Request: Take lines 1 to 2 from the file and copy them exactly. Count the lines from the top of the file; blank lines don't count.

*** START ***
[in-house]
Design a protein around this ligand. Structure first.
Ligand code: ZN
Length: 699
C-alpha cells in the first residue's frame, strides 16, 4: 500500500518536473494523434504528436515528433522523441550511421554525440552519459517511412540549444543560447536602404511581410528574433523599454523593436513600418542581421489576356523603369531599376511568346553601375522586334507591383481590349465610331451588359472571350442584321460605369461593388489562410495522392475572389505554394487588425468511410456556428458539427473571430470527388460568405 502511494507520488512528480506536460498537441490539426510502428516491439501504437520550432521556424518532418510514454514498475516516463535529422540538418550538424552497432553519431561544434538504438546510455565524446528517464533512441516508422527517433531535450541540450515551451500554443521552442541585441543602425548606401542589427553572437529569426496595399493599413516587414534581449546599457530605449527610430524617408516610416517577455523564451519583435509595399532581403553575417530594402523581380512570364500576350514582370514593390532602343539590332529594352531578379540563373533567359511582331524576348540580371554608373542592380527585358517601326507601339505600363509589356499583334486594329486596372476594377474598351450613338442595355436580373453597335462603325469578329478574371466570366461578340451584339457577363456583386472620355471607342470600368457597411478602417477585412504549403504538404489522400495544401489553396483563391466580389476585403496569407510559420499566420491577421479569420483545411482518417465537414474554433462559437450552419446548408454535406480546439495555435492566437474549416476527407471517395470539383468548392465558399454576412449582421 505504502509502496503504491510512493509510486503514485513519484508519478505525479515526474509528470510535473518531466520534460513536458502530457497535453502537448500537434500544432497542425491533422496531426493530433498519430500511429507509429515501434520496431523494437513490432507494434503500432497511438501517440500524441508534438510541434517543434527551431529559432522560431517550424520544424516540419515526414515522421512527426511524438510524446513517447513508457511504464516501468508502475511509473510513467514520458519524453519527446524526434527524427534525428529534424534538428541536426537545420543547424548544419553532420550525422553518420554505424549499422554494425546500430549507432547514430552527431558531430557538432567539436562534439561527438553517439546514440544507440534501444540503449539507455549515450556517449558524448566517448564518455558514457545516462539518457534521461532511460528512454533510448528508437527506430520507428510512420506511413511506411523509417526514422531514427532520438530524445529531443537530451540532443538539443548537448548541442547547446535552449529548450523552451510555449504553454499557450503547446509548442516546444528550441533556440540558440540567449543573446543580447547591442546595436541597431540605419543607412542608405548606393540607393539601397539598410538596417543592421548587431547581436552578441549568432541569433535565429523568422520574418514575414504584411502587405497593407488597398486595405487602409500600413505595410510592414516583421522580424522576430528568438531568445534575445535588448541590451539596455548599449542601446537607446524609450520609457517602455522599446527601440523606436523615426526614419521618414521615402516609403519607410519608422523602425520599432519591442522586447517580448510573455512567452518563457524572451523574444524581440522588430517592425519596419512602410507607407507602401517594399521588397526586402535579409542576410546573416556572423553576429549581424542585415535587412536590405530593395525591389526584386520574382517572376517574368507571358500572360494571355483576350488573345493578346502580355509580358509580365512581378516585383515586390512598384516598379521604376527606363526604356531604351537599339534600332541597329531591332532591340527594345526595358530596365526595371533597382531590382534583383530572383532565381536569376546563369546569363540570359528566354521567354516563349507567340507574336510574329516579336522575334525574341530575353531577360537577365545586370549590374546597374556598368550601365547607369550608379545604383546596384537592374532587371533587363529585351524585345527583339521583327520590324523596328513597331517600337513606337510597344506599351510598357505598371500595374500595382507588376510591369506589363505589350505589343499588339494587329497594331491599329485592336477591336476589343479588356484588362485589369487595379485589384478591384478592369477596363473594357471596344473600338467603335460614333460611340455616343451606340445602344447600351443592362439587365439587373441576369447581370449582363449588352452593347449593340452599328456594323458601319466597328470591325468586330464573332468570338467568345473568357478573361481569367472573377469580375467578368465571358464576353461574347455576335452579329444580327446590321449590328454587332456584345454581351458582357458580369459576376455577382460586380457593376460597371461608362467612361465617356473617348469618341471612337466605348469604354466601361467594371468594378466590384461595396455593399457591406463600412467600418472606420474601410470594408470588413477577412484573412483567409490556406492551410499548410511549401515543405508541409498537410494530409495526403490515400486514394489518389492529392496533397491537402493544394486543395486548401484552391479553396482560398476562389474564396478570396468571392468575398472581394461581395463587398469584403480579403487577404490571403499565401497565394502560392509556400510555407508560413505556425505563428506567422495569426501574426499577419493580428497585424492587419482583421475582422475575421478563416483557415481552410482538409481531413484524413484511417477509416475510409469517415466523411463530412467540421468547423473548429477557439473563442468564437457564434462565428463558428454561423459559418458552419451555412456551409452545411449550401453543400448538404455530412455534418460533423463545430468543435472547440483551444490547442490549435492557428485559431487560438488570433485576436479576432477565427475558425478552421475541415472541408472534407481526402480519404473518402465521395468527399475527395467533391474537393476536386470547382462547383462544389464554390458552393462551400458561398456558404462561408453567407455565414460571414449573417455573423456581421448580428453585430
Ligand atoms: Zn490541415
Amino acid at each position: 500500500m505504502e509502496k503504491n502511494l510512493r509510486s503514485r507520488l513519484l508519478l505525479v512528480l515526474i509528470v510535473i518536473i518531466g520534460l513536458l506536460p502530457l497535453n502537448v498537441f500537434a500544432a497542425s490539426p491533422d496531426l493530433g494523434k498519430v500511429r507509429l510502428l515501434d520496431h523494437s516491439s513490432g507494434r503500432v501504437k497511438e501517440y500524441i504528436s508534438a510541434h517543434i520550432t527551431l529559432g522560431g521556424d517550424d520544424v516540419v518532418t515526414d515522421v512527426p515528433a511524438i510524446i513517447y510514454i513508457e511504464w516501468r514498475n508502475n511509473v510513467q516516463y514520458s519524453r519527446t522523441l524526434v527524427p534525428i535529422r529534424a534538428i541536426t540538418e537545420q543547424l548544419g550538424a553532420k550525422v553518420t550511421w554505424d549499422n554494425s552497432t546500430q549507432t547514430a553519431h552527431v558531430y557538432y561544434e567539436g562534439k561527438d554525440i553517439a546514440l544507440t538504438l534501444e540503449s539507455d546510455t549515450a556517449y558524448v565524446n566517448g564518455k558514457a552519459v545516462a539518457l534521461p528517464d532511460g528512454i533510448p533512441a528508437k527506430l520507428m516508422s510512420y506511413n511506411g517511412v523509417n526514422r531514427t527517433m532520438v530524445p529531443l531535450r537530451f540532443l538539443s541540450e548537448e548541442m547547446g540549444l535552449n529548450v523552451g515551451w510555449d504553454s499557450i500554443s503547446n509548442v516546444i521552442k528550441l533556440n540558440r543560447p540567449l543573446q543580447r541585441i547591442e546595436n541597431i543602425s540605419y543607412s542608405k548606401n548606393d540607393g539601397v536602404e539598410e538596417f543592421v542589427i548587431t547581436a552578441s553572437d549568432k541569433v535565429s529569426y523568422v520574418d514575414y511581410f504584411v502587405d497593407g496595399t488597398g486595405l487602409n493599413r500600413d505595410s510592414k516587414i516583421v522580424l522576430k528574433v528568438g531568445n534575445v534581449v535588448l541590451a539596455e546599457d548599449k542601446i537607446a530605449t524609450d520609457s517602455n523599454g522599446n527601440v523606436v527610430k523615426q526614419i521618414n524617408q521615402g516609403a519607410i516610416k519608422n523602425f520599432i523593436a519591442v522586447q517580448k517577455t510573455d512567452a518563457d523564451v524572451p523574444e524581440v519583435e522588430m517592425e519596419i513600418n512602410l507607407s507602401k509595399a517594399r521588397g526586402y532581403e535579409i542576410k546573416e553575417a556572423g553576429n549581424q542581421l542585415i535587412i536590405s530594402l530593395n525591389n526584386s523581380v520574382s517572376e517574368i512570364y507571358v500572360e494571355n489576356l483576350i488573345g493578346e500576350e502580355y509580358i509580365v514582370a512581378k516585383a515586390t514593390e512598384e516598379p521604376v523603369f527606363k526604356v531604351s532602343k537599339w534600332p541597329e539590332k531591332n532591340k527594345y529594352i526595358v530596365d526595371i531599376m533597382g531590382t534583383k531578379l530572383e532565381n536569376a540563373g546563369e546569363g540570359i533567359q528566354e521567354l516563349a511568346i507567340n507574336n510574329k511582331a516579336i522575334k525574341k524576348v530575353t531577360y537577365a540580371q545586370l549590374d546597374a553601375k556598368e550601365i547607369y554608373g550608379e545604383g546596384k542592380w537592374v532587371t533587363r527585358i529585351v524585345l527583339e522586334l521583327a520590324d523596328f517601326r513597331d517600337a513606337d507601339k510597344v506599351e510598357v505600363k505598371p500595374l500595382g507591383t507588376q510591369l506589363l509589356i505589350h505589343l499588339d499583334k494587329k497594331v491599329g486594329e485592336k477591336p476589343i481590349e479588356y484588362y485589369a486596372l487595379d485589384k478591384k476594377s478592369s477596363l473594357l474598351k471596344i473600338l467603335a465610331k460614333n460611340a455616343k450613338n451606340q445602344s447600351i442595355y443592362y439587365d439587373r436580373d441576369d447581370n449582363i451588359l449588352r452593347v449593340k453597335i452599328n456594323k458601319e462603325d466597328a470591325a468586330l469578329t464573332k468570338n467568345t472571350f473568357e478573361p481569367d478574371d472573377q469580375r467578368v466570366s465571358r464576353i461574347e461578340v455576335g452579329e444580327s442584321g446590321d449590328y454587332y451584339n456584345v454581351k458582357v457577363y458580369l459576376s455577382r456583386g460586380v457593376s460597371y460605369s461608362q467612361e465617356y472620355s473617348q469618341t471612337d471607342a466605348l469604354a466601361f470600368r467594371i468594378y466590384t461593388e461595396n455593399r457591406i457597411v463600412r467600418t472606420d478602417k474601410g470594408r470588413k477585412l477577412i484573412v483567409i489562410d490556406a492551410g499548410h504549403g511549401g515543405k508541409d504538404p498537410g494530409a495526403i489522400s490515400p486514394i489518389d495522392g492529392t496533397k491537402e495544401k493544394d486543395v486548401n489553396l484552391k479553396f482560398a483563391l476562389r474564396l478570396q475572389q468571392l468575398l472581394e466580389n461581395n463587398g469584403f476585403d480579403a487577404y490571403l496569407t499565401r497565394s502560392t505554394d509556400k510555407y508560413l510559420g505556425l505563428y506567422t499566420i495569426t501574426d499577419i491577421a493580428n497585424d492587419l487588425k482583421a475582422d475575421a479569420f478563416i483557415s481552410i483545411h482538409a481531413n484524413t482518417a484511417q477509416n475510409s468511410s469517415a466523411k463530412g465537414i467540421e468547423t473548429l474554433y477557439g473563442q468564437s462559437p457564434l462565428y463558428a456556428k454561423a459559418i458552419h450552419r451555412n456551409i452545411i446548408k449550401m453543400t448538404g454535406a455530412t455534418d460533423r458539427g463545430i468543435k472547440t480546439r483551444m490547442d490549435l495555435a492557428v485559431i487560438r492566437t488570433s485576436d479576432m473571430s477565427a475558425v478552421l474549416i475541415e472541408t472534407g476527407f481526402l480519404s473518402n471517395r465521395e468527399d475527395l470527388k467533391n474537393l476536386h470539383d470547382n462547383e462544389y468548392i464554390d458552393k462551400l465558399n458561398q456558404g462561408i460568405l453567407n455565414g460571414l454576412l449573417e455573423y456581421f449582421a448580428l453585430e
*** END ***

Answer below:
[in-house]
Design a protein around this ligand. Structure first.